Lindsay Dotzlaf

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Mastering Coaching Skills with Lindsay Dotzlaf | What Is Peer Supervision?

Ep #134: What Is Peer Supervision?

If you’re a coach who often finds yourself wishing for someone to observe your coaching calls and provide feedback, you’re in luck. Reviewing and evaluating my clients’ coaching calls used to be a service I offered in The Coach Lab and Coaching Masters. However, I have since discontinued it, and I’m here to explain why.

While having someone else watch your coaching sessions and offer honest feedback can lead to positive outcomes, there are numerous factors that make this approach ineffective for improving your coaching. Instead, there are better methods for examining and analyzing a coaching session, and that’s what I’m sharing with you today.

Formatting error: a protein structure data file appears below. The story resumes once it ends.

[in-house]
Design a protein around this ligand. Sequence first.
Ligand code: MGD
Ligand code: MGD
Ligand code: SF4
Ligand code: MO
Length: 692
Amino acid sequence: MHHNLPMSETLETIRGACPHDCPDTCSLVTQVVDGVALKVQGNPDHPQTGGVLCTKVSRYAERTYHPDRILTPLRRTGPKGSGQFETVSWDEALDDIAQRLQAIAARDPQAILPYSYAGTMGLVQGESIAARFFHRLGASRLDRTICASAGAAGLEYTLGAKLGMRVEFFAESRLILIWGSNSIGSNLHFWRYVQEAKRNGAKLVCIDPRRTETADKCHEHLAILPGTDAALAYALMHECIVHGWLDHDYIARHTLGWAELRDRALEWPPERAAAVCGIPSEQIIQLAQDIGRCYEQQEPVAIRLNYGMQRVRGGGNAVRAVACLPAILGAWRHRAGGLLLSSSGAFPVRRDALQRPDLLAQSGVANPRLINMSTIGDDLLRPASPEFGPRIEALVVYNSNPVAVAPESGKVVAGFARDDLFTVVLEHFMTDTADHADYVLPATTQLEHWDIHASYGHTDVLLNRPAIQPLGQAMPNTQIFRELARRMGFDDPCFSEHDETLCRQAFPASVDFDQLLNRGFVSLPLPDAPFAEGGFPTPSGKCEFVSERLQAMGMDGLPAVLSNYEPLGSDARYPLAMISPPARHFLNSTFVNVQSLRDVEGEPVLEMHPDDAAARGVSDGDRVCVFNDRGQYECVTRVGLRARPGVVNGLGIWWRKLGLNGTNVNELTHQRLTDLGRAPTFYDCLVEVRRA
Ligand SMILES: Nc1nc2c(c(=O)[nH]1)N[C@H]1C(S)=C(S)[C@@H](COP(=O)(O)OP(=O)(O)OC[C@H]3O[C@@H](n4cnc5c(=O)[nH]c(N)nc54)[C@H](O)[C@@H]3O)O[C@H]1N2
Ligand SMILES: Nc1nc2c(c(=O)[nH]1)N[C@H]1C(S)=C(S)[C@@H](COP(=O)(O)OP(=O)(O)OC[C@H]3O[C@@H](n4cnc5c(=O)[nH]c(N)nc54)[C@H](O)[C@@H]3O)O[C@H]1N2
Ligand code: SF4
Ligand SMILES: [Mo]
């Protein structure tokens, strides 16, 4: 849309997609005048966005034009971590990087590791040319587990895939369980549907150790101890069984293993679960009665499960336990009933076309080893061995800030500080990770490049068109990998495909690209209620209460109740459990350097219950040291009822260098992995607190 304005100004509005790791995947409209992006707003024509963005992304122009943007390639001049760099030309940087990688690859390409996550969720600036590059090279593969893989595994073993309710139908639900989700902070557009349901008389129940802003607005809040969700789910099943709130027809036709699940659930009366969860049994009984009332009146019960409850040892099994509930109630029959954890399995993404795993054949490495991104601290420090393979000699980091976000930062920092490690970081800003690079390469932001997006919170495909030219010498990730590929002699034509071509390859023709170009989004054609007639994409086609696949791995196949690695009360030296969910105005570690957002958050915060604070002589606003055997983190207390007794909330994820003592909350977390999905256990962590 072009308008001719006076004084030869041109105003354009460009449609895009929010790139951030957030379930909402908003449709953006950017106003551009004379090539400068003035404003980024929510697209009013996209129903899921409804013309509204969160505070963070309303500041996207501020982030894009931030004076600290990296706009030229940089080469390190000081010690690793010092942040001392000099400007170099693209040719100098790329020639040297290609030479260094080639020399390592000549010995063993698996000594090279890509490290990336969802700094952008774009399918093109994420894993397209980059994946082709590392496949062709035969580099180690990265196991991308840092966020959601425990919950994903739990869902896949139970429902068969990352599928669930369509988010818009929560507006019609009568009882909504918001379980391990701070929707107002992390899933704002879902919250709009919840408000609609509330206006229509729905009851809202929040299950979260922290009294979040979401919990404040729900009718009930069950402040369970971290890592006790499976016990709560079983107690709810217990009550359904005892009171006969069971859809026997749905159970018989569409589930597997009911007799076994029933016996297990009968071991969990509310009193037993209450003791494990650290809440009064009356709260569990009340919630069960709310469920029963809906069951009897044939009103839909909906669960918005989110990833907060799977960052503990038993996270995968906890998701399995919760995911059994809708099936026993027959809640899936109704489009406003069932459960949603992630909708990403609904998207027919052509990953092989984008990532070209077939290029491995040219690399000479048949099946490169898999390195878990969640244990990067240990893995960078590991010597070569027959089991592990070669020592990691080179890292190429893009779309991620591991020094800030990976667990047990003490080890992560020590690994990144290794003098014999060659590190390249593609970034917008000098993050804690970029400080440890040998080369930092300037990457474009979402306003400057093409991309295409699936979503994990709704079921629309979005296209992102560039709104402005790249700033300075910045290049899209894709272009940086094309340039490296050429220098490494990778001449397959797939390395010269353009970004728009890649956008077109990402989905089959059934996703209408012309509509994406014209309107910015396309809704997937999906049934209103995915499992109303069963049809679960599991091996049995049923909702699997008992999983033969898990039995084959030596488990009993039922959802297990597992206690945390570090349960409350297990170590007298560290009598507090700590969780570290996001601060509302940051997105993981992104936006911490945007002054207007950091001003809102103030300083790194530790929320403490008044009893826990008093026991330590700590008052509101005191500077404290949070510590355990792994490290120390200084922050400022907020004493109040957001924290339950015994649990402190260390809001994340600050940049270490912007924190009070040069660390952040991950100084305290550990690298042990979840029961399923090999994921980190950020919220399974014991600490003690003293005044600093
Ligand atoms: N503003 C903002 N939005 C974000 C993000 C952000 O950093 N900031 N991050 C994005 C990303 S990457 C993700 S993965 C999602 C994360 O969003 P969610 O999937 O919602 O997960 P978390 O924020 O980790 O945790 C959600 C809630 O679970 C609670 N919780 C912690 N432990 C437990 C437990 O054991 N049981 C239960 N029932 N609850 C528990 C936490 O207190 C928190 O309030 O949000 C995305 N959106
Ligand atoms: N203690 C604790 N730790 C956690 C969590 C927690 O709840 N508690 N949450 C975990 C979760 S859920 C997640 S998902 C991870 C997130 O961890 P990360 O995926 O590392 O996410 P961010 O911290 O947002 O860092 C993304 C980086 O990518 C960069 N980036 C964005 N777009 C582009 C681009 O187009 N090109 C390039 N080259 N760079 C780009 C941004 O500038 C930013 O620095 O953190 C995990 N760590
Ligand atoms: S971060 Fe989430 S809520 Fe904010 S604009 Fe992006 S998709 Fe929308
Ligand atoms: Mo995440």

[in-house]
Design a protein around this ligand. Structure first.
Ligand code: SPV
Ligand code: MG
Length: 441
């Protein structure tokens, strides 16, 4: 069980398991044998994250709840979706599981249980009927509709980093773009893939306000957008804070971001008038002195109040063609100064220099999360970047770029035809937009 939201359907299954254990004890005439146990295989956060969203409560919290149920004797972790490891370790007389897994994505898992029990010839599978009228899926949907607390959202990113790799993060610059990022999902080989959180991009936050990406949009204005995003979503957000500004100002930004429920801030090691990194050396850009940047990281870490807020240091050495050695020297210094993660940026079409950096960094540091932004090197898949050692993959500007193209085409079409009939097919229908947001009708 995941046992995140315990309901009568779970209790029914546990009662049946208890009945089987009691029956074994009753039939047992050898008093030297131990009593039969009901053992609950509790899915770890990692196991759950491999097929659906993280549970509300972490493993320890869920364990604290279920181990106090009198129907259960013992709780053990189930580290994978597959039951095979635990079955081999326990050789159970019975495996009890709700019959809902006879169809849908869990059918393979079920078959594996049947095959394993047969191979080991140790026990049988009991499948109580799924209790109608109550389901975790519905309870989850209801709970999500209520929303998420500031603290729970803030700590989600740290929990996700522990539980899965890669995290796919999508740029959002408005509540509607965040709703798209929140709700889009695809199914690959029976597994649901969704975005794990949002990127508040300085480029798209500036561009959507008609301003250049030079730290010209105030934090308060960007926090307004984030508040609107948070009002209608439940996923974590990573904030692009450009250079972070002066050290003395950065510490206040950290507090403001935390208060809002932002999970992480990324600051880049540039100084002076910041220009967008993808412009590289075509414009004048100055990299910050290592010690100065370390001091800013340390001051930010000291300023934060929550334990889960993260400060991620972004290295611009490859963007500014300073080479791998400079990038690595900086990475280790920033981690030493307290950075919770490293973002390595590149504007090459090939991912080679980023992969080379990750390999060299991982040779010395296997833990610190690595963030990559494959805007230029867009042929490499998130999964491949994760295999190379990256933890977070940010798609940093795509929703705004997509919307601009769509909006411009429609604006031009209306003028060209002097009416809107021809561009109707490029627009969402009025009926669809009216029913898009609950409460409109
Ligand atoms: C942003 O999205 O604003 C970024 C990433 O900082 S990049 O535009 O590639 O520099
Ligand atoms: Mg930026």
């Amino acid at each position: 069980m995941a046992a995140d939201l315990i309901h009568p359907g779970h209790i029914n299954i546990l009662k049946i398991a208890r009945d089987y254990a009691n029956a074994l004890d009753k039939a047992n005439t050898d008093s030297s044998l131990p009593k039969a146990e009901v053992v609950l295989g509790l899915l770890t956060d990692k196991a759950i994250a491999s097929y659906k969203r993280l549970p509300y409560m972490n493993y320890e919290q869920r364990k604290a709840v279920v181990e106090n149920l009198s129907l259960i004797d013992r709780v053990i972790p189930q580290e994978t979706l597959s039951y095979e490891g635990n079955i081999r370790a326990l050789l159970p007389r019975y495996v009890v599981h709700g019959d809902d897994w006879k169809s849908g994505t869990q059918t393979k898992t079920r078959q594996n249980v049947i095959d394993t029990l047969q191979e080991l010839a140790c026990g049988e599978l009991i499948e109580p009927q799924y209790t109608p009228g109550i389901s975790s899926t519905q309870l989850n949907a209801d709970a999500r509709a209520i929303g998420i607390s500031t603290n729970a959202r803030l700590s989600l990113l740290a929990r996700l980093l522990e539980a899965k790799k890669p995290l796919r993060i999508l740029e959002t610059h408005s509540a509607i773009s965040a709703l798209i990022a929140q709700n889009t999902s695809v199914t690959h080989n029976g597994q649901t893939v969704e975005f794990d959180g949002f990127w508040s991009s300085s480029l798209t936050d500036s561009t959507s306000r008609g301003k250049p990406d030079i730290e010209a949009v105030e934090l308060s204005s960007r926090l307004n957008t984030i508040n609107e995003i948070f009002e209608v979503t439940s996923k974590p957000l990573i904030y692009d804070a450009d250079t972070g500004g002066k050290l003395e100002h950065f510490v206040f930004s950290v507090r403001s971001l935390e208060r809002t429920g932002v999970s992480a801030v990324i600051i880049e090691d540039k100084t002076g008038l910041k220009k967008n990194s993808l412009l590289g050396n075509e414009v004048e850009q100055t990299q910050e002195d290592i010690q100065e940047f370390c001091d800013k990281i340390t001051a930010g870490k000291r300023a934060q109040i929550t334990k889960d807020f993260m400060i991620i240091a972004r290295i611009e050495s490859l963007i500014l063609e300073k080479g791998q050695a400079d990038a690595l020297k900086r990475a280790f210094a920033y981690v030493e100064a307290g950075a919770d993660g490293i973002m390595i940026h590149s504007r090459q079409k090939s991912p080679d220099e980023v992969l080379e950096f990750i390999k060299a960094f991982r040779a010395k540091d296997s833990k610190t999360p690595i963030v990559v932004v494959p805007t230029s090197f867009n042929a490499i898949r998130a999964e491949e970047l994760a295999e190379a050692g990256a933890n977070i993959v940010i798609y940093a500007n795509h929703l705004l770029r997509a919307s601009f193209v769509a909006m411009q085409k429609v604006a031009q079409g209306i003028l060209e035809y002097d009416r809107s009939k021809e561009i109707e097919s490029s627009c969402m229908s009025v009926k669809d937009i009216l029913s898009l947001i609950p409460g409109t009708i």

Tune in this week to explore the concept of peer supervision in coaching and learn how it can enhance your coaching skills. I’m sharing my thoughts on why I don’t believe getting someone else to watch and evaluate your calls is useful, and what you can do instead right after a call that feels sticky or challenging.

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What You’ll Learn from this Episode:

  • What peer supervision in the field of psychology means, and why it’s not the same in coaching.
  • 3 reasons why I don’t find submitting coaching calls to be evaluated an effective way to improve.
  • What peer supervision looks like in coaching.
  • How to use peer supervision to improve your coaching.
  • The best thing to do after a coaching session.

Listen to the Full Episode:

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  • Click here to submit your questions for my next Q&A episode.
  • The Silent Patient by Alex Michaelides

Full Episode Transcript:

Hey, this is Lindsay Dotzlaf and you are listening to Mastering Coaching Skills episode 134.

To really compete in the coaching industry, you have to be great at coaching. That’s why every week, I will be answering your questions, sharing my stories, and offering tips and advice so you can be the best at what you do. Let’s get to work.